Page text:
Make A Mokume Gane Heart Pendant

Tammy Jones editor Jewelry Making Daily  
Tammy Jones is the
editor of Jewelry Making  Daily.

 

 

Mokume Gane Heart Pendant
by Roger Halas
Roger Halas is a self-taught lapidary,
metalsmith, and jewelry designer in
southern California. When not making
jewelry, he works as a professional
photographer, martial arts instructor,
and aspiring screenwriter who
encourages others to explore their
creativity. Photo: Jim Lawson.

Valentine's Day is only a month away! It's time to get started on making a special piece of jewelry for your beloved. Mokume gane is a surprisingly easy technique with a wonderfully unique and artistic result. Add some doming, riveting, sawing, soldering, and stone-setting, and you'll have this garnet, sterling silver, and multi-metal Mokume Gane Heart Pendant by Roger Halas. Mokume gane adds color and the appearance of texture to your metal jewelry designs, making it like a box of (Valentine?) chocolates: You never know what you're going to get!

After you've mastered the Japanese art of mokume gane (or you can buy premade mokume-gane sheet), Roger shares how to use your jewelry-making skills to create this gorgeous heart pendant—or anything you like! – Tammy

Like a living, breathing entity, mokume gane is one of those things that is never exactly predictable, which makes it fascinating to work with. It will inspire you, let you experiment, and if you're accustomed to working with precious metals, it will let you save some money. This project covers the basics of mokume coupled with some rudimentary fabrication skills. It will familiarize you with the principle of annealing a laminate, which can be tricky. It also covers forging and how this affects the ultimate pattern, plus finishing and how a patina can really charge some life into a piece.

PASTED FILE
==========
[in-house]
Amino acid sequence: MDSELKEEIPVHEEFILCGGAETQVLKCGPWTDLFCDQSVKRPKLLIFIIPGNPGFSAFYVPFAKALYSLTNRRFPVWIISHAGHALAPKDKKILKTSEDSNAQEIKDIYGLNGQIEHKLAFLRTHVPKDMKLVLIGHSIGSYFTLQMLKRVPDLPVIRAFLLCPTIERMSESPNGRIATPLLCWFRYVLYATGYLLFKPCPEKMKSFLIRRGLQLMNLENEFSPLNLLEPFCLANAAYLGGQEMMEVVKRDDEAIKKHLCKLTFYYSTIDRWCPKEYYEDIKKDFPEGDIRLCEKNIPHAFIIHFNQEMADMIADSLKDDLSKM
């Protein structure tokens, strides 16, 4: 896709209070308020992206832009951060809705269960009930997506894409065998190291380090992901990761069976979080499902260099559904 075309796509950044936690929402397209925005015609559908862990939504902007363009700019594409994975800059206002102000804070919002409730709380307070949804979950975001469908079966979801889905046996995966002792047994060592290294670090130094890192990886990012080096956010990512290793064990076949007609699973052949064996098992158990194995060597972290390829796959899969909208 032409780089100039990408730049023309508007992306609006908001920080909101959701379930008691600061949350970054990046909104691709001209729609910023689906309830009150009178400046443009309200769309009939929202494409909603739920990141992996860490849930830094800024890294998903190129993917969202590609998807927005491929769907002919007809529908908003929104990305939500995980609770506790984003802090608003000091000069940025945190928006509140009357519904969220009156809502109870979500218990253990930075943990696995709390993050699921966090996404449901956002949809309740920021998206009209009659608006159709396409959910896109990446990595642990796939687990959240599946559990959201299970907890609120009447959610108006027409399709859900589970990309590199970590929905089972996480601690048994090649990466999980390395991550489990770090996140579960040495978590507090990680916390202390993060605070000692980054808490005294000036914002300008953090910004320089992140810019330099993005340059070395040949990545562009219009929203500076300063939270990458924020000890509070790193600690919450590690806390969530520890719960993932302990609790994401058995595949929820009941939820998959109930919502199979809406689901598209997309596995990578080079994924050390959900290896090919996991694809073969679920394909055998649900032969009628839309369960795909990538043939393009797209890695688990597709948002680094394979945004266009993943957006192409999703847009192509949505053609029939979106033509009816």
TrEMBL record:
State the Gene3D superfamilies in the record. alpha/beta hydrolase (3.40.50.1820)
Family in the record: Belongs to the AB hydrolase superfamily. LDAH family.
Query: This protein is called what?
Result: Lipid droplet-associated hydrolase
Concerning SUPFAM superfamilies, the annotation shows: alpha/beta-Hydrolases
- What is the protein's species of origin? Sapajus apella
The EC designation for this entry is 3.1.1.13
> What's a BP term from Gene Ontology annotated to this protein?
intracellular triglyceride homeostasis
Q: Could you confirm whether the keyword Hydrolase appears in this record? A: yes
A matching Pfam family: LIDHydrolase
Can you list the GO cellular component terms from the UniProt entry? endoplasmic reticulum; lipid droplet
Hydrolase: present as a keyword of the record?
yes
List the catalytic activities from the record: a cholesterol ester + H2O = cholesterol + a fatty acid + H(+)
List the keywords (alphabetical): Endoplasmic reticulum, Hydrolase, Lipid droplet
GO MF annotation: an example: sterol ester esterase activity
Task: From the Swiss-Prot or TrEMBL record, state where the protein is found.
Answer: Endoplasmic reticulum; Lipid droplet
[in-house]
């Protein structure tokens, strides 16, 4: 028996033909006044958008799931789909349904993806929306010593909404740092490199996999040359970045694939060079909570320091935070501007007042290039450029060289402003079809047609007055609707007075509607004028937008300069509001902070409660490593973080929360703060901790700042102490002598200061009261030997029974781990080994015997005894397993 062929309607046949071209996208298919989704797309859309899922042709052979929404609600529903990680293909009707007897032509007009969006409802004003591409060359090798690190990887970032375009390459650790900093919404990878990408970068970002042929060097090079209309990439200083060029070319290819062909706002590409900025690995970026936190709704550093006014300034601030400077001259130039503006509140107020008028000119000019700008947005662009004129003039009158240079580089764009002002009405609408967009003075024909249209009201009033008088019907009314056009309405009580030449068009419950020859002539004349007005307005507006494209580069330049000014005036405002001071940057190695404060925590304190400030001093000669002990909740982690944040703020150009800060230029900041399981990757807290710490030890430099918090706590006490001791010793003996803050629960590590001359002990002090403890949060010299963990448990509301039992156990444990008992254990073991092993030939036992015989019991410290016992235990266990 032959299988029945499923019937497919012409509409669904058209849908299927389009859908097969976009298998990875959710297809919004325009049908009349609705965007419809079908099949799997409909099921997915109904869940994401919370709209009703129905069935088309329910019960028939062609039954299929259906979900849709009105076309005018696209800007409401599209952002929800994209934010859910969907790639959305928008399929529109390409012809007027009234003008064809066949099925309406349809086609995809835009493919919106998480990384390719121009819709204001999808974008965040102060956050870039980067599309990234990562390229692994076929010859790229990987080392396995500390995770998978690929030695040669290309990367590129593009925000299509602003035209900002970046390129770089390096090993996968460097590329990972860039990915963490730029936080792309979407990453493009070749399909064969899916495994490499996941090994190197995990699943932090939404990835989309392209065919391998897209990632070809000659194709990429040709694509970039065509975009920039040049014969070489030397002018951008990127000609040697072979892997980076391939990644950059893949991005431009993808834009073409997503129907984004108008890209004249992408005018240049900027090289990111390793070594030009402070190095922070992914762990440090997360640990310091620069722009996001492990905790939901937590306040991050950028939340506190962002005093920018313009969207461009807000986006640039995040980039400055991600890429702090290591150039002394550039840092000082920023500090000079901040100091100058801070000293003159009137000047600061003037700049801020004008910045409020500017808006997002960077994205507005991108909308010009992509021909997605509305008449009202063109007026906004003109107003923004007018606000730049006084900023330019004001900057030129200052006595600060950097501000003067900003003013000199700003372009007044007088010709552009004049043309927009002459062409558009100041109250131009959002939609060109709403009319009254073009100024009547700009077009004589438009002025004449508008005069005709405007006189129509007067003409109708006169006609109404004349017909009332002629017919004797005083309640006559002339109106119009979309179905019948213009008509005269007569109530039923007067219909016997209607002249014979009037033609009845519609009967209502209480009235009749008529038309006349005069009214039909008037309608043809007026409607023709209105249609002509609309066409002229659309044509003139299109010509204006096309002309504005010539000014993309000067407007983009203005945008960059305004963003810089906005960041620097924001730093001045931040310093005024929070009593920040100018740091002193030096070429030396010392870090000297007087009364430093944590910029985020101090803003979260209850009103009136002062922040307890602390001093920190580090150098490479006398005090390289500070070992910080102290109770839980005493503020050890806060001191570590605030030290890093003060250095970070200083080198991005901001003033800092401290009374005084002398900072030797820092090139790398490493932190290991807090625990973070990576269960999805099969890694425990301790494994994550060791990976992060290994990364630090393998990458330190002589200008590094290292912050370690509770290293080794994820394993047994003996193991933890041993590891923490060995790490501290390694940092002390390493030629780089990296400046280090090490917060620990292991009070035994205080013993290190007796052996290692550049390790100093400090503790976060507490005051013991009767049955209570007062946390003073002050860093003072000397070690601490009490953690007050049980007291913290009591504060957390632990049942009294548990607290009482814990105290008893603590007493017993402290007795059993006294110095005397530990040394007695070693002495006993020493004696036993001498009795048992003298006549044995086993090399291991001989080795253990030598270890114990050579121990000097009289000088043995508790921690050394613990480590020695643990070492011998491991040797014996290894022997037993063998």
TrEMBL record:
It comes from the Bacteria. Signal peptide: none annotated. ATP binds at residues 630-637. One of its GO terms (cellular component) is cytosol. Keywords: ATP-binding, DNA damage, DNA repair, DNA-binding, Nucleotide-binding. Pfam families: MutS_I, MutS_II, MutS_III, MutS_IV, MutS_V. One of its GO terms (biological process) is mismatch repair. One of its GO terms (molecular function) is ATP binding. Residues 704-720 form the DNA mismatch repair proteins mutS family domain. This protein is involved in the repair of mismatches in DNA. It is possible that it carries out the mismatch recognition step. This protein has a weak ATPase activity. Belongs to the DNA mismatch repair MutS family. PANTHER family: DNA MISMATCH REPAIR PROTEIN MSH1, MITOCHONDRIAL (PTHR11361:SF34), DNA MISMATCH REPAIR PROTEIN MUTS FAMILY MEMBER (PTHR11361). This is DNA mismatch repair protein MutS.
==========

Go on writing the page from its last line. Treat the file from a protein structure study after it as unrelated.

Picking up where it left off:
Altogether, this is a challenging exercise, but if you keep your head clear, you will end up with a result that will dazzle that special someone in your life.

Materials and Tools:

1 ounce mokume gane billet
12-gauge round sterling silver wire
14-gauge sterling silver sheet
26-gauge fine silver sheet
any 8mm round gemstone
ferric chloride patina
torch setup
medium-weight hammer
anvil
large mushroom dapping set

  

 

flex shaft
round carbide cutting bur
5/16" and 5/64" drill bits
sanding drum
jeweler's saw
small file
bezel pusher
duct tape
400-grit sandpaper
400-grit radial bristle brush

 
 

Steps:

1. Start out with a mokume gane billet. The most readily available choice is a sterling silver and copper combination. I used a laminate involving four metals: sterling silver, bronze, and two traditional Japanese alloys, shibuichi and shakudo. The reason: mokume gane is all about contrasts. More metals, more contrast, more fun.

2. Anneal the billet, being careful not to melt the edges. When doing this, flux the billet and spread medium silver solder around the edges. This binds it, which prevents it from splitting apart during forging.

3. Using the medium-weight hammer, forge the billet. I find it best to start out in the center and then work my way out in a circular pattern. The billet will cool fast, so when it starts to harden, it will make a clanging sound. At that point, stop hammering and heat up the metal again. Continue forging to about 5mm in thickness.

4. With the round cutting bur, start cutting divots on one side of the billet. By doing this, you'll expose the metal layers beneath, revealing a series of bull's-eyes.